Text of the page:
• Lethargy or coma (severe dehydration)
  • Low blood pressure
  • Low or no urine output; concentrated urine that looks dark yellow
  • Markedly sunken soft spots (fontanelles) on the top of an infant’s head
  • No tears
  • Sunken eyes

Tests that examine stool samples may be used to identify which virus is causing the sickness. This is usually not needed for viral gastroenteritis. A stool culture may be done to find out whether diarrhea are causing the problem.

Treatment

The goal of treatment is to prevent dehydration by making sure the body has enough water and fluids. Fluids and electrolytes (salt and minerals) that are lost through diarrhea or vomiting must be replaced by drinking extra fluids. Even if you are able to eat, you should still drink extra fluids between meals.

  • Older children and adults can drink sports beverages such as Gatorade, but these should not be used for younger children. Instead, use the electrolyte and fluid replacement solutions or freezer pops available in food and drug stores.
  • Do NOT use fruit juice (including apple juice), sodas or cola (flat or bubbly), Jell-O, or broth. All of these have a lot of sugar, which makes diarrhea worse, and they don’t replace lost minerals.
  • Drink small amounts of fluid (2-4 oz.) every 30-60 minutes. Do not try to force large amounts of fluid at one time, which can cause vomiting. Use a teaspoon or syringe for an infant or small child.
  • Breast milk or formula can be continued along with extra fluids. You do NOT need to switch to a soy formula.

Food may be offered often in small amounts. Suggested foods include:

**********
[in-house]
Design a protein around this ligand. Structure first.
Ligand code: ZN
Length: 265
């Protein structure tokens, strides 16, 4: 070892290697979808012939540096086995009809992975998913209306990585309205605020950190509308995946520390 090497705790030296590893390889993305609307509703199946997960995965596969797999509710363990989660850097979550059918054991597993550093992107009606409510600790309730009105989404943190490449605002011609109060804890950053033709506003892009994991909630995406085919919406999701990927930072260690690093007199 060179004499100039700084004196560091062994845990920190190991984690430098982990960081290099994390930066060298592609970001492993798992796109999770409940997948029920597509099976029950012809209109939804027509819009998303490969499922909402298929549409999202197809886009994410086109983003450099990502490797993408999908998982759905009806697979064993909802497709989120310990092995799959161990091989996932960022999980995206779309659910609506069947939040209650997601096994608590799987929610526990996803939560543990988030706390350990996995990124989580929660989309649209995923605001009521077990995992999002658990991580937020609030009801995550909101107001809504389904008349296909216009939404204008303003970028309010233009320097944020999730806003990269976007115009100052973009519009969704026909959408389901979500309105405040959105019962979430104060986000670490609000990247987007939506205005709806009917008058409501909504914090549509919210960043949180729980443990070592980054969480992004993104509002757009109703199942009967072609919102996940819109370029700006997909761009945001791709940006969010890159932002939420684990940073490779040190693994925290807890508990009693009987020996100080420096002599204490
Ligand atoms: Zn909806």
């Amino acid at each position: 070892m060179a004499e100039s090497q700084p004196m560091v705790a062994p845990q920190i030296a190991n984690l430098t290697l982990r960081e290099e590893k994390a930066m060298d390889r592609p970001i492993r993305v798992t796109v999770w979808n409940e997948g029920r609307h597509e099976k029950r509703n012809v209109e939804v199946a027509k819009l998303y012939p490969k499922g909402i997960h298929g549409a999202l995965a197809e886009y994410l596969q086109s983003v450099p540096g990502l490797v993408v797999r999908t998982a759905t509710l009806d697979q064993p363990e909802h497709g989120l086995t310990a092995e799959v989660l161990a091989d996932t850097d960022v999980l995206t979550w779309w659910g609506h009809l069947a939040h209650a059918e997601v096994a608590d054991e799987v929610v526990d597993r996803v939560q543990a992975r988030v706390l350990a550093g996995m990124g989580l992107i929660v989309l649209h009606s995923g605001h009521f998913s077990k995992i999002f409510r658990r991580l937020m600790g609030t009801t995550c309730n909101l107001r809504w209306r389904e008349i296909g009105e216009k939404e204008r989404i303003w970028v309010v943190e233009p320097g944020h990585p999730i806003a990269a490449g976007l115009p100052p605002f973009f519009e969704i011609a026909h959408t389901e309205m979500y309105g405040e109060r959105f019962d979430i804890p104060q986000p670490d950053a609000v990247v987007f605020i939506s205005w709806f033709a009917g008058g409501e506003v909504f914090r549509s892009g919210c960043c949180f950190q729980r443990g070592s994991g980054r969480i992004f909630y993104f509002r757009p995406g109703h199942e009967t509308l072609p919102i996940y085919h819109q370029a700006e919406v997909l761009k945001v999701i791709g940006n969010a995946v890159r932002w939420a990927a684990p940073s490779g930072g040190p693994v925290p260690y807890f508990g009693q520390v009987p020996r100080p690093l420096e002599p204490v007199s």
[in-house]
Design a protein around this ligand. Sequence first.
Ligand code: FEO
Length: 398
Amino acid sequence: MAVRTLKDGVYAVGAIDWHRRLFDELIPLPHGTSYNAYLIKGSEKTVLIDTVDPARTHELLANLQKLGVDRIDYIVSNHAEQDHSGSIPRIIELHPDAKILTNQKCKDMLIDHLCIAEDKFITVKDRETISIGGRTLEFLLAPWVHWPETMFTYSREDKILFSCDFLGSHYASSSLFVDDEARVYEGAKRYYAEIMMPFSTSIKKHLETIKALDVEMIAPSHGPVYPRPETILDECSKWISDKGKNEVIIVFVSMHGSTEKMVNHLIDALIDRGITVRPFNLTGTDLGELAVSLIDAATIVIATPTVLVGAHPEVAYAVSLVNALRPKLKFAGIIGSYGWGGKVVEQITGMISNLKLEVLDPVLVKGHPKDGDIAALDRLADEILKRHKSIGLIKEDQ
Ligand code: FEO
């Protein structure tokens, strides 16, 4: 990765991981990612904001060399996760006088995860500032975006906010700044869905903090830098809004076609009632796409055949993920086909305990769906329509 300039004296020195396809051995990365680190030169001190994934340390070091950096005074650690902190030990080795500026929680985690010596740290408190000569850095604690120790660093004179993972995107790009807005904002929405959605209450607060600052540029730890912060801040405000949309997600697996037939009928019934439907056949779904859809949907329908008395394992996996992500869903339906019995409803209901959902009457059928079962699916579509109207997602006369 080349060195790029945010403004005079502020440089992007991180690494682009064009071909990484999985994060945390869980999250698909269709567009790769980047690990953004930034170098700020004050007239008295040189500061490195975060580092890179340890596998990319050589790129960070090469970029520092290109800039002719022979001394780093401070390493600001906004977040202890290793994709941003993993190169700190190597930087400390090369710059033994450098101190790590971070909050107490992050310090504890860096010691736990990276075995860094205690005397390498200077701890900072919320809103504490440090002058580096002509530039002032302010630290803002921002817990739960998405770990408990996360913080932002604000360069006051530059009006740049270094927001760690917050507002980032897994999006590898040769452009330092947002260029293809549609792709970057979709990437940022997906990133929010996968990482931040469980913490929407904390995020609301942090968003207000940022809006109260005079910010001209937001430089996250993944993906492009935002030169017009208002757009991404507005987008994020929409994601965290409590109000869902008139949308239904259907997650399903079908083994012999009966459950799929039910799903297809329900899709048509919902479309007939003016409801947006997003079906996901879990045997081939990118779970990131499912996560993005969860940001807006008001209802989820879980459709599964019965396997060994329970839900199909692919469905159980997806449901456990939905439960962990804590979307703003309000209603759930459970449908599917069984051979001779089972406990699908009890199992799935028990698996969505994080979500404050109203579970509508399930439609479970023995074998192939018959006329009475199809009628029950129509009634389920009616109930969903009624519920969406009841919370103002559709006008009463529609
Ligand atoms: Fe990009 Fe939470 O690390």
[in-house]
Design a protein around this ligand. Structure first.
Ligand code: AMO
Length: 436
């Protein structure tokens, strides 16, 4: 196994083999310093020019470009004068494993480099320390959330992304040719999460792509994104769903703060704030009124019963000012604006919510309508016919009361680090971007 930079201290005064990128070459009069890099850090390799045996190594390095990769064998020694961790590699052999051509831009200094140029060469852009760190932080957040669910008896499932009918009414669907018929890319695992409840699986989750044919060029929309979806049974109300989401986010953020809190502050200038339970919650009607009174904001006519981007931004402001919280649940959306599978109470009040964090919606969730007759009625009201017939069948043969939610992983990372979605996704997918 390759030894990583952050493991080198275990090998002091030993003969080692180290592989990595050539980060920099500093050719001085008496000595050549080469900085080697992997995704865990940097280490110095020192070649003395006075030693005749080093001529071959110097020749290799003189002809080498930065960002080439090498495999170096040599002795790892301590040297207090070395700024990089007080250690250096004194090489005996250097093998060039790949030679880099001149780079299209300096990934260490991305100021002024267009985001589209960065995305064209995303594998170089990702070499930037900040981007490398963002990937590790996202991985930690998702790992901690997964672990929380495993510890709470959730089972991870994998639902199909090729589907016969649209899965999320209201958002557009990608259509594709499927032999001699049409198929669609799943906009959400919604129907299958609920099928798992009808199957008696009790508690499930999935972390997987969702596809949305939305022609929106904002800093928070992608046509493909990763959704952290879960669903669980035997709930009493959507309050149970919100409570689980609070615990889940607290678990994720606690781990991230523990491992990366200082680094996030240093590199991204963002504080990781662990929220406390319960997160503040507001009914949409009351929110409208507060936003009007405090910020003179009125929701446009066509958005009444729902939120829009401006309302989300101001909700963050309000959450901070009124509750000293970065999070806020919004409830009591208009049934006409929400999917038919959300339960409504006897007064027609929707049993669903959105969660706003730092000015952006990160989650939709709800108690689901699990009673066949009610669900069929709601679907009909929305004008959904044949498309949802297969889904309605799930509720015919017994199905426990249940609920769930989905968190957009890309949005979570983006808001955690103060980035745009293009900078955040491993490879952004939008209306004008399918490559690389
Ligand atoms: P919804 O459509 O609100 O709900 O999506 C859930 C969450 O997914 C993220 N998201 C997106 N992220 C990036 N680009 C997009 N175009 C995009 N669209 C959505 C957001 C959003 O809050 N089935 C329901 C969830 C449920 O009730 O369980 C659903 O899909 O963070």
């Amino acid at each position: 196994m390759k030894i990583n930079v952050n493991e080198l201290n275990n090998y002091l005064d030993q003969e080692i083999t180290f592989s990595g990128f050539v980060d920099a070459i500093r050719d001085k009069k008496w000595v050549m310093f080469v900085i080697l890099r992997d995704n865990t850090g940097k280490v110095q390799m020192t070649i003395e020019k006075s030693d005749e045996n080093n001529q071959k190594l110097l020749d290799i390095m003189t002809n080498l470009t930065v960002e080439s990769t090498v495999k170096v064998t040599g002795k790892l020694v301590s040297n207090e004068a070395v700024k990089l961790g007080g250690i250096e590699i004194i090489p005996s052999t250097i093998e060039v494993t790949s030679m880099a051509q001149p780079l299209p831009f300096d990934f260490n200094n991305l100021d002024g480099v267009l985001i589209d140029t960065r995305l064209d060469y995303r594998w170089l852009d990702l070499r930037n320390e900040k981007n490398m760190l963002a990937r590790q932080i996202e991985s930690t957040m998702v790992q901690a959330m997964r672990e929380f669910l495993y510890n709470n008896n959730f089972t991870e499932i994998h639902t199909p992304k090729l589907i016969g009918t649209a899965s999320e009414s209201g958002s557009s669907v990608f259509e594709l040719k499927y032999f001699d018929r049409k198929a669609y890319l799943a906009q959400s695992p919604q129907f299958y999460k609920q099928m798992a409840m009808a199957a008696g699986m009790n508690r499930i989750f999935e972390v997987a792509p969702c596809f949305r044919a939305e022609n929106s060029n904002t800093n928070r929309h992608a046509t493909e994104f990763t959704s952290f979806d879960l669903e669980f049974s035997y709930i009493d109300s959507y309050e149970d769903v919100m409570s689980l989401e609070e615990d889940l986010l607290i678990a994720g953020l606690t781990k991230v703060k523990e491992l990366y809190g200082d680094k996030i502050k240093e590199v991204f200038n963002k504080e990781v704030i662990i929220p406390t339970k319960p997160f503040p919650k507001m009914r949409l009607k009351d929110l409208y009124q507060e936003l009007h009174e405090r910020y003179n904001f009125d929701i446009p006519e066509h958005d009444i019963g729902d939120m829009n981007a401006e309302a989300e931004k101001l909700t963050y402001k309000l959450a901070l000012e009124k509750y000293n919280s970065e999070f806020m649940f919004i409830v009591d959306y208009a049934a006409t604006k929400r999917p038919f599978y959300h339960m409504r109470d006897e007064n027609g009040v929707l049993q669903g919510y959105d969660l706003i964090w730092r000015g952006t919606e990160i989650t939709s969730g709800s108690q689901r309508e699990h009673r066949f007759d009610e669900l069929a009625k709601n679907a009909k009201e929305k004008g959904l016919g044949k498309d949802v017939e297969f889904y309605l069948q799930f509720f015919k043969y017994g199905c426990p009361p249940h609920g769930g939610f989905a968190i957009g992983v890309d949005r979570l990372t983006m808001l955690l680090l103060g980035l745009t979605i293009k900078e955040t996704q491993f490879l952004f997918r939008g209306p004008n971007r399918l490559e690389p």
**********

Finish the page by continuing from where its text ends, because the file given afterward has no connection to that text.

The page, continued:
• Cereals, bread, potatoes, lean meats
  • Plain yogurt, bananas, fresh apples
  • Vegetables

People with diarrhea who are unable to drink fluids because of nausea may need intravenous (directly into a vein) fluids. This is especially true in small children.

Antibiotics do not work for viruses.

Drugs to slow down the amount of diarrhea (anti-diarrheal medications) should not be given without first talking with your healthcare provider. DO NOT give these anti-diarrheal medications to children unless directed to do so by a healthcare provider.

People taking water pills (diuretics) who develop diarrhea may be told by their healthcare provider to stop taking the diuretic during the acute episode. However, DO NOT stop taking any prescription medicine without first talking to your healthcare provider.

The risk of dehydration is greatest in infants and young children, so parents should closely monitor the number of wet diapers changed per day when their child is sick.